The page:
Let’s not judge these situations as right or wrong. Let’s look closely and use them to finally bring some much needed awareness and compassion to the topic. Let us discover what it is that all beings need to receive to finally remember and enjoy the richness of this connection with their own sexuality.

Sex is far bigger than many of us realize. We aren’t taught as children about the potential and bigness of our sexuality and life force. Sex, we are taught, is this superficial thing we give away, share with another for great pleasure or feel obligated to give away to another. And yet it is so powerful that it can stir up so much emotional chaos.

From the column:

The next time you see an ad, the odds are increasingly high that it will put “you” in the driver’s seat. “Ask your doctor if Prozac/Lipitor/Cialis is right for you“—almost as if these medications could be custom made for each individual consumer. A lawyer or real-estate agent will promise you to address “your” concerns. Probably the most famous propaganda effort of the 20th century, a recruiting poster with Lord Kitchener pointing directly outward and stating, “Your Country Needs YOU,” was only rushed onto the billboards when it suddenly became plain that the country concerned needed several hundred thousand recruits in a big hurry and couldn’t afford to be too choosy about who it was signing up.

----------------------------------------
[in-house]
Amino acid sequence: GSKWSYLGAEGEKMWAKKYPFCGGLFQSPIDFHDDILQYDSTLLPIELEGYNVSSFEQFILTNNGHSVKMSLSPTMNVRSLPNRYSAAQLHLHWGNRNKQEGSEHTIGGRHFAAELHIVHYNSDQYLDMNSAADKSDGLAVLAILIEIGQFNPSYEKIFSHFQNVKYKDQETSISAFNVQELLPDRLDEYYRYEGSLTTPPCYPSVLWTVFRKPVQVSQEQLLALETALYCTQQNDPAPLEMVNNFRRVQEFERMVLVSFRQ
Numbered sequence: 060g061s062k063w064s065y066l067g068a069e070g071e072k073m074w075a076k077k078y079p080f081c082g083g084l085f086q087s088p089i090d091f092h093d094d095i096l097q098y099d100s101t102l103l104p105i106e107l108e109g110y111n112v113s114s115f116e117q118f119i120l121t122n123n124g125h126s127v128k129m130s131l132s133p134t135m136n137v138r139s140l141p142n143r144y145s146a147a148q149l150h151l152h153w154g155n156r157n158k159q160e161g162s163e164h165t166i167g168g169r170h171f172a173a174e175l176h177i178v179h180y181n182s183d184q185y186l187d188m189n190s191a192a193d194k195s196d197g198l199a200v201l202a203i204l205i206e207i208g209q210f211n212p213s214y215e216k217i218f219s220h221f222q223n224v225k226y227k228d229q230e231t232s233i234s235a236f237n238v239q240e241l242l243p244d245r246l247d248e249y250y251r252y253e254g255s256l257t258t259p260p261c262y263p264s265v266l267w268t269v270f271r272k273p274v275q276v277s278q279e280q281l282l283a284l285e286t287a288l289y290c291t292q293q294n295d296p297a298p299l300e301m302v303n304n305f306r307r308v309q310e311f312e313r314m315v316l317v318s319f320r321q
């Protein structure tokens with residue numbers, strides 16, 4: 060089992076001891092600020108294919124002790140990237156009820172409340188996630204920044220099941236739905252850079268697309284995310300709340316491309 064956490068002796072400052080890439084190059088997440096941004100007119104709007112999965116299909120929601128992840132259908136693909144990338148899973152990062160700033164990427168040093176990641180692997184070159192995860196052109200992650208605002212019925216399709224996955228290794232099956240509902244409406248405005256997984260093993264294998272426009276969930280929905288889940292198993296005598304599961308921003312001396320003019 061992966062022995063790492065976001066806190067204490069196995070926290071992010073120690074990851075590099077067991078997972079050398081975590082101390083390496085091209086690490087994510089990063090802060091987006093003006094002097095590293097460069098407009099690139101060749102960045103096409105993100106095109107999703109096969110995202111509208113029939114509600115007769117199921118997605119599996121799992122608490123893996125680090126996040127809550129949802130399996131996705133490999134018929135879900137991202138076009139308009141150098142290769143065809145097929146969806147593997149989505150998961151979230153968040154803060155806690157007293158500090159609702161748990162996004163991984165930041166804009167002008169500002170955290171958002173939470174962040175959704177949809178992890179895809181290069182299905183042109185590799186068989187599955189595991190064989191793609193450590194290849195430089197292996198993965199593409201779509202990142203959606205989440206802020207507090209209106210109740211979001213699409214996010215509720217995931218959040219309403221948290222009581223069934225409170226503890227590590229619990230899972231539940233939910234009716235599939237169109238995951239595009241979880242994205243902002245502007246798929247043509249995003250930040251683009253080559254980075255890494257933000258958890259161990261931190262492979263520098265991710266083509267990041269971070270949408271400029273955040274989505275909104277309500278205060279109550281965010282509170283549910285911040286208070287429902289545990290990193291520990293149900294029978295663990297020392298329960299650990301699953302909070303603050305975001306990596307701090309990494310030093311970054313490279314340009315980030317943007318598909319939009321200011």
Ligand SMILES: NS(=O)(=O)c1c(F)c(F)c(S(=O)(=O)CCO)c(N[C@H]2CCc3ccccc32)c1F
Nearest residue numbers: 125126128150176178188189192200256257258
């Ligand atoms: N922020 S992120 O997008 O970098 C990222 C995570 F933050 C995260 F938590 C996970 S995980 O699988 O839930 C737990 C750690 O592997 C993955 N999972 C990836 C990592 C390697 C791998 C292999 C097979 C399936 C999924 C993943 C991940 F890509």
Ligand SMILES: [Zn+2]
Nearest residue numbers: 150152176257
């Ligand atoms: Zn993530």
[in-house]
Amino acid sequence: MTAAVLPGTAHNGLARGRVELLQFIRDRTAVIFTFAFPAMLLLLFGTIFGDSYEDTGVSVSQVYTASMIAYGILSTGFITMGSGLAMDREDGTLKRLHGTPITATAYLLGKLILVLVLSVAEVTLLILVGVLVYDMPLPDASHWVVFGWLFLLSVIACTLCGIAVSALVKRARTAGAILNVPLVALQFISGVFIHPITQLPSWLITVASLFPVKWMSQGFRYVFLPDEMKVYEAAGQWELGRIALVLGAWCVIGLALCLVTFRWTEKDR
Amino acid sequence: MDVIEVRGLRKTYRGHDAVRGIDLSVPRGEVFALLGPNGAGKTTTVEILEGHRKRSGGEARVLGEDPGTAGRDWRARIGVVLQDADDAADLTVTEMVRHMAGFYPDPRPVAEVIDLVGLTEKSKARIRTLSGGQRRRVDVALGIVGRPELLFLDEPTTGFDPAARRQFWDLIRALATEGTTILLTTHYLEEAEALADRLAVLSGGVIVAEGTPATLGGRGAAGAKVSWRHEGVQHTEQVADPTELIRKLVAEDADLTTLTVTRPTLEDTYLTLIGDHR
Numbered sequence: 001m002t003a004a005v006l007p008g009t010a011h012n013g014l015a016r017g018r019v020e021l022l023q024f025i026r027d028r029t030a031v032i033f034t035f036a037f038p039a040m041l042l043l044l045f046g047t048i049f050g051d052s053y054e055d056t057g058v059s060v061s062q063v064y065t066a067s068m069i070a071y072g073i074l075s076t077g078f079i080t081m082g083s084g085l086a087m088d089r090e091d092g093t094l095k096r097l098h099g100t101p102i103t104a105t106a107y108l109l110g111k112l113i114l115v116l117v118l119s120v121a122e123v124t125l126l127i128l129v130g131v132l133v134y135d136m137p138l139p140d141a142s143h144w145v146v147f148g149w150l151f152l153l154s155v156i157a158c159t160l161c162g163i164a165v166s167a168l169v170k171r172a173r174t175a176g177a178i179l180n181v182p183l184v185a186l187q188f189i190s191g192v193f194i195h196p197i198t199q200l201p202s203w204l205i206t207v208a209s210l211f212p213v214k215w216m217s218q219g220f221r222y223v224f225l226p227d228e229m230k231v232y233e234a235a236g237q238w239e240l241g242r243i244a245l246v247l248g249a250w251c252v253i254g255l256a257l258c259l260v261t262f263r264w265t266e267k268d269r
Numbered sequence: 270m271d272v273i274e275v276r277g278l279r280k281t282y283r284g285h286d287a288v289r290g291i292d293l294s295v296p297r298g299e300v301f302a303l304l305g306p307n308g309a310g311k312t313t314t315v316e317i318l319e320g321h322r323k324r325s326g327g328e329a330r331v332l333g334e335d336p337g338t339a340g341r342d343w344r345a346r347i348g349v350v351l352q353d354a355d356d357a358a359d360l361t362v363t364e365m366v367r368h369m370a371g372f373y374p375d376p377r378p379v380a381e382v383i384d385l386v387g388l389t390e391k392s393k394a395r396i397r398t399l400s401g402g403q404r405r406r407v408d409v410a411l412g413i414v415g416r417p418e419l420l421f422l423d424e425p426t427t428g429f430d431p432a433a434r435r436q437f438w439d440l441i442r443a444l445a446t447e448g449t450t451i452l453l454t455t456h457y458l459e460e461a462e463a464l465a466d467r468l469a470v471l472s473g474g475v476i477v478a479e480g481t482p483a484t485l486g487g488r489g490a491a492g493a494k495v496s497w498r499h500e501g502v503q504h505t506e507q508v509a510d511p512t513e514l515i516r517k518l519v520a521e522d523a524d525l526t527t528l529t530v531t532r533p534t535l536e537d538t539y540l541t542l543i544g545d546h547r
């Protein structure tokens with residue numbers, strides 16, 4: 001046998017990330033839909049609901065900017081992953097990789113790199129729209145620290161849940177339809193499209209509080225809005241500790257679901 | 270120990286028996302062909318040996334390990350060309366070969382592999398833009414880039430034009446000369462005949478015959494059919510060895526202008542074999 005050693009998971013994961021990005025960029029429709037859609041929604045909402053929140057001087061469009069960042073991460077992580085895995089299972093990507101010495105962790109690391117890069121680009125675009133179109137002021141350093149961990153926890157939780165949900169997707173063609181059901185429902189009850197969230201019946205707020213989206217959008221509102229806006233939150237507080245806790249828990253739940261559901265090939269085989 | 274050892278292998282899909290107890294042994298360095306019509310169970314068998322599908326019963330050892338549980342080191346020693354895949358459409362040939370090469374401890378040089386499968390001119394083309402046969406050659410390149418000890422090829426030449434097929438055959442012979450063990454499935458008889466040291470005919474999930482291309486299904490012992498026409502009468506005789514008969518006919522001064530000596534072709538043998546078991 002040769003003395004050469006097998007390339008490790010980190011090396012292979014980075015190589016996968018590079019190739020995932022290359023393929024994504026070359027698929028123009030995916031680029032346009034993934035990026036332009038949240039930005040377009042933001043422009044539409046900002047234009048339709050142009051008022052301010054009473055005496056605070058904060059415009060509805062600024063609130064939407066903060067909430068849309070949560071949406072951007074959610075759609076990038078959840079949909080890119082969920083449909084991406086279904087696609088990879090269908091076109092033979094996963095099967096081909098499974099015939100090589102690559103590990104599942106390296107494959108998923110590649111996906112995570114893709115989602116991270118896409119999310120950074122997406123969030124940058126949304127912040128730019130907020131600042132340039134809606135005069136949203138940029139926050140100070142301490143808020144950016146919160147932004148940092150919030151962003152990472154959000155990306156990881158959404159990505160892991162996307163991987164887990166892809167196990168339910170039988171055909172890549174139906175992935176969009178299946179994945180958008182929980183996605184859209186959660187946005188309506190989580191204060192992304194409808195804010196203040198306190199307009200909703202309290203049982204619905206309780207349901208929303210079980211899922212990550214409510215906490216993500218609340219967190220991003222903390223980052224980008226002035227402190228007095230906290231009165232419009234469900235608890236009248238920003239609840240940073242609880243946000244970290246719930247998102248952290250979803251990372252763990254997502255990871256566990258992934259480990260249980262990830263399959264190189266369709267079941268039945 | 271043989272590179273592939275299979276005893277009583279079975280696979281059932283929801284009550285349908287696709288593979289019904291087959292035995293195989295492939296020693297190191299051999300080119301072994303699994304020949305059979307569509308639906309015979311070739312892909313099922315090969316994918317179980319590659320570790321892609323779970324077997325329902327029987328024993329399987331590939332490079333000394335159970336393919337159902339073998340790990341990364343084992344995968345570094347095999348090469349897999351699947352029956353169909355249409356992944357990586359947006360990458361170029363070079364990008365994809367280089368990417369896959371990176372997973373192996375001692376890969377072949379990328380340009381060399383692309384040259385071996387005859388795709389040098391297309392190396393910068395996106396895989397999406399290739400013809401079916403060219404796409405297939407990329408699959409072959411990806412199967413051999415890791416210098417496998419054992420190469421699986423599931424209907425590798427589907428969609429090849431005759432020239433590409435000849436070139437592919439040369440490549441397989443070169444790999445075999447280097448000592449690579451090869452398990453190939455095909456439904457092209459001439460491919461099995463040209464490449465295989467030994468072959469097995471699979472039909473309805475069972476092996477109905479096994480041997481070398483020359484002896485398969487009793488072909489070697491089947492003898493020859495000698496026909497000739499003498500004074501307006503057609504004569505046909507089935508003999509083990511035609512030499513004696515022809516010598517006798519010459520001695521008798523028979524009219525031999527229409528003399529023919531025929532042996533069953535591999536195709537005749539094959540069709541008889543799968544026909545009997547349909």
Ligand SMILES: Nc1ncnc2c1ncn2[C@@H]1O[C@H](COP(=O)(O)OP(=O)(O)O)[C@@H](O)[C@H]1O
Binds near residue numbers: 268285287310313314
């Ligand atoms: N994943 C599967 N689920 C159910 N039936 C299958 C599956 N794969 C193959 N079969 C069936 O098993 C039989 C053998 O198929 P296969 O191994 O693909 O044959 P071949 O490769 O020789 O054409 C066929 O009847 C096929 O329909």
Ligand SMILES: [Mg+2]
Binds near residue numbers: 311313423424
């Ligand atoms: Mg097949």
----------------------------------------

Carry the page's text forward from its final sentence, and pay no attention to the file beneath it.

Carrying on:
In this age of citizen journalism, I suppose much of our talk has become “your” news Web site, “your” video, “Your” Live Breaking Action Night News Team. Surprisingly, the biggest coup for “you” was never mentioned — Time magazine’s Person of the Year for 2006.

 

I wonder if we’ll look back at this era and chuckle at our vanity..

About Danny Sanchez

Danny Sanchez is the Audience Development Manager at Tribune's Sun-Sentinel.com and OrlandoSentinel.com. Danny has been with Tribune since 2005 in a variety of editorial, digital and product development roles in Hartford, Orlando and Fort Lauderdale. He has also previously worked in the newsrooms of the Tampa Bay Times and The Miami Herald.